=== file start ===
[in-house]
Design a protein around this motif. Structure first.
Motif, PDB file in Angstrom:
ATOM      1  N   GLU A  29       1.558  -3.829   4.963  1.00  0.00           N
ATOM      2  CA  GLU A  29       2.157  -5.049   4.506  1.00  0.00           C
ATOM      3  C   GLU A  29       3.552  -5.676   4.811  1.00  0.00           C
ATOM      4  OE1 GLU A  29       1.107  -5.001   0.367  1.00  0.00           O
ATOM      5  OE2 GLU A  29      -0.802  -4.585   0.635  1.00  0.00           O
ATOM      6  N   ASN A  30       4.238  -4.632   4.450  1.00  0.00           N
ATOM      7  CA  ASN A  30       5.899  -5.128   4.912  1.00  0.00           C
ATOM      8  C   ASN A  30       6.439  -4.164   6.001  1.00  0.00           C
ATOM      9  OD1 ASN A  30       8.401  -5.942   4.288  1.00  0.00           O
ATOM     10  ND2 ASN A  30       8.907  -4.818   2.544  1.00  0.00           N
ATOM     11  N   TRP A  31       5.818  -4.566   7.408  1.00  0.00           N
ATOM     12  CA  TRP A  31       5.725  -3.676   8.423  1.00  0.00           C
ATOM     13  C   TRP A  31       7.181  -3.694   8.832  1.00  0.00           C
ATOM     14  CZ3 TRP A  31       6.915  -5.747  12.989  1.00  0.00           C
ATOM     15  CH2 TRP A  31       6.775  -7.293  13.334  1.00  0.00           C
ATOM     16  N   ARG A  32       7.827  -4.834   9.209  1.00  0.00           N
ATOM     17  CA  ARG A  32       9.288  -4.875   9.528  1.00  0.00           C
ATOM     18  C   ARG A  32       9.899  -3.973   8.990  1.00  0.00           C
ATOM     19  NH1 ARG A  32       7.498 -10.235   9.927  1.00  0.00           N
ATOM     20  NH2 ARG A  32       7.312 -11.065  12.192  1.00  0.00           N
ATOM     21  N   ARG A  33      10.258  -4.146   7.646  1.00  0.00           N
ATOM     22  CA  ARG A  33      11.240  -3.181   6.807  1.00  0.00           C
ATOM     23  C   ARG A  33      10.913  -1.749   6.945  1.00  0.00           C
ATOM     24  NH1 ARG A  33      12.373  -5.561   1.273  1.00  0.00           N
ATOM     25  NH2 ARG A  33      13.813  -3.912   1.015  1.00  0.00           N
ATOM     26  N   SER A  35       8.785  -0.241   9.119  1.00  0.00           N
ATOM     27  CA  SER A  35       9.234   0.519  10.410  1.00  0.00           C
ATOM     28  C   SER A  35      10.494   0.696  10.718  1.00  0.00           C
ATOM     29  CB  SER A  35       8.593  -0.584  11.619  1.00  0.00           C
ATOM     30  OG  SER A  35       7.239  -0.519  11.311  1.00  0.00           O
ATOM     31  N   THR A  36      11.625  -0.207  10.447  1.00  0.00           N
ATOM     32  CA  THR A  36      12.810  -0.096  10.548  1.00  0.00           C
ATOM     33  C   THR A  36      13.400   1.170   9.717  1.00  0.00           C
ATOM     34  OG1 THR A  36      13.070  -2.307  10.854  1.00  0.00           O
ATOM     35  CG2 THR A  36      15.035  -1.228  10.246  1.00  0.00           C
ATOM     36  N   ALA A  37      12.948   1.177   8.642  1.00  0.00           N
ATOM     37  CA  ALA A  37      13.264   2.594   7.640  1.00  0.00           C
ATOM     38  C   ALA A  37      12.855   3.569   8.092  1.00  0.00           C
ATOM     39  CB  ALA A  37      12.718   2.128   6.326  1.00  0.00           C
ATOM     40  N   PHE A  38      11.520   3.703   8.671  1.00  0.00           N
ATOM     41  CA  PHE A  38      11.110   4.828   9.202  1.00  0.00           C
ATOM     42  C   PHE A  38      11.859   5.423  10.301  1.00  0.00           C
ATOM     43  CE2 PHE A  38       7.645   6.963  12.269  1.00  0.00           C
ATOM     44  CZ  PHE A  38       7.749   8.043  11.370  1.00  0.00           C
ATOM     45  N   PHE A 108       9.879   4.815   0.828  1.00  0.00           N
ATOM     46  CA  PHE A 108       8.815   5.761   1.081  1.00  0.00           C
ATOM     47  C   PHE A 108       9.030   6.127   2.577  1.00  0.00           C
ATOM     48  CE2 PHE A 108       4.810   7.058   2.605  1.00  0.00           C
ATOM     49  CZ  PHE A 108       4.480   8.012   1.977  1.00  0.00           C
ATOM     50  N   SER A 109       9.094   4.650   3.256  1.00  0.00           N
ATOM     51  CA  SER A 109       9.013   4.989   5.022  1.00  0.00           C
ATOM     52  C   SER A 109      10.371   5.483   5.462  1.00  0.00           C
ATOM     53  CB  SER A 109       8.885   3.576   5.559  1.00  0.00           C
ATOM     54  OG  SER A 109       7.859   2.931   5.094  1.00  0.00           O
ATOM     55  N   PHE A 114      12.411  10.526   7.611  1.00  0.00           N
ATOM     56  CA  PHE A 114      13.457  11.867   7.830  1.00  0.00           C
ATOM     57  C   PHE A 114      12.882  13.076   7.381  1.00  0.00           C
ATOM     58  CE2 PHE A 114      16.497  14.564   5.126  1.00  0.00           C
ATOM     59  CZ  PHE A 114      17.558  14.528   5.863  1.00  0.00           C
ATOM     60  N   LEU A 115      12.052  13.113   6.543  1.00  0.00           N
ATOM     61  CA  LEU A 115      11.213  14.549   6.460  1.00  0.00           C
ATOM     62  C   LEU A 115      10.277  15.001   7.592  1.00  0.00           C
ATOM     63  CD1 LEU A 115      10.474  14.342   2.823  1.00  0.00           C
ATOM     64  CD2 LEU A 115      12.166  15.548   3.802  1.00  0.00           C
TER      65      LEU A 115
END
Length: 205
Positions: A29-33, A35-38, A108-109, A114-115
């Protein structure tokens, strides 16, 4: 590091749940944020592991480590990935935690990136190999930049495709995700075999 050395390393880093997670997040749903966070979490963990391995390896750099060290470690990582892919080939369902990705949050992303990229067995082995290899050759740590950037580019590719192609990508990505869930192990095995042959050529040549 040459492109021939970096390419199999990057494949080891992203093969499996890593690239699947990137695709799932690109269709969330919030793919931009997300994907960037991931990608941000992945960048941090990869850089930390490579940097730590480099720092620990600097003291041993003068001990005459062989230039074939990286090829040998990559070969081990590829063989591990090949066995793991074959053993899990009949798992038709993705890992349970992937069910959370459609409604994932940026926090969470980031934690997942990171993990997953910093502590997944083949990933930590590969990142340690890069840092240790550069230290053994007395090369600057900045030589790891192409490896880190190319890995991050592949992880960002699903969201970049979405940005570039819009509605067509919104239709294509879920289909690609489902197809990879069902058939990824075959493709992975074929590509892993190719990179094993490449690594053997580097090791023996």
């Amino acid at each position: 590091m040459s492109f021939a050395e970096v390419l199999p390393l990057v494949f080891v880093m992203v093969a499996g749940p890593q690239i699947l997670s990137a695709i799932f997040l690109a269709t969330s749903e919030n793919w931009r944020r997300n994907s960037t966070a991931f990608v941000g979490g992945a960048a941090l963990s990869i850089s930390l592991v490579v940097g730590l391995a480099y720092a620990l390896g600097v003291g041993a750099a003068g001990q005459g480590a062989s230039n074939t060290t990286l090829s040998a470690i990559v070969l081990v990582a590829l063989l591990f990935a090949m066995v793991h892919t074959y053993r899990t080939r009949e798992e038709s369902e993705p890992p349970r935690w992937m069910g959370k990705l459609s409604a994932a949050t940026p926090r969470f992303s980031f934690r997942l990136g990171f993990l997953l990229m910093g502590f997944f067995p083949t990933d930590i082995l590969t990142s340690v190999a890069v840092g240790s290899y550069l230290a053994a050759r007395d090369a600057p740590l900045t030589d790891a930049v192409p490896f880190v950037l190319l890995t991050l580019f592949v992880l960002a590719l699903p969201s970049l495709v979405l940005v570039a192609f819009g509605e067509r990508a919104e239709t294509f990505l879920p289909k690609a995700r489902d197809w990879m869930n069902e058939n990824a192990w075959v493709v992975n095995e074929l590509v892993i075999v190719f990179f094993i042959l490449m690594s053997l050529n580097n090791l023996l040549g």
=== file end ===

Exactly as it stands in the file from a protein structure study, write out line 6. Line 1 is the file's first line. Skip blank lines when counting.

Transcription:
ATOM      3  C   GLU A  29       3.552  -5.676   4.811  1.00  0.00           C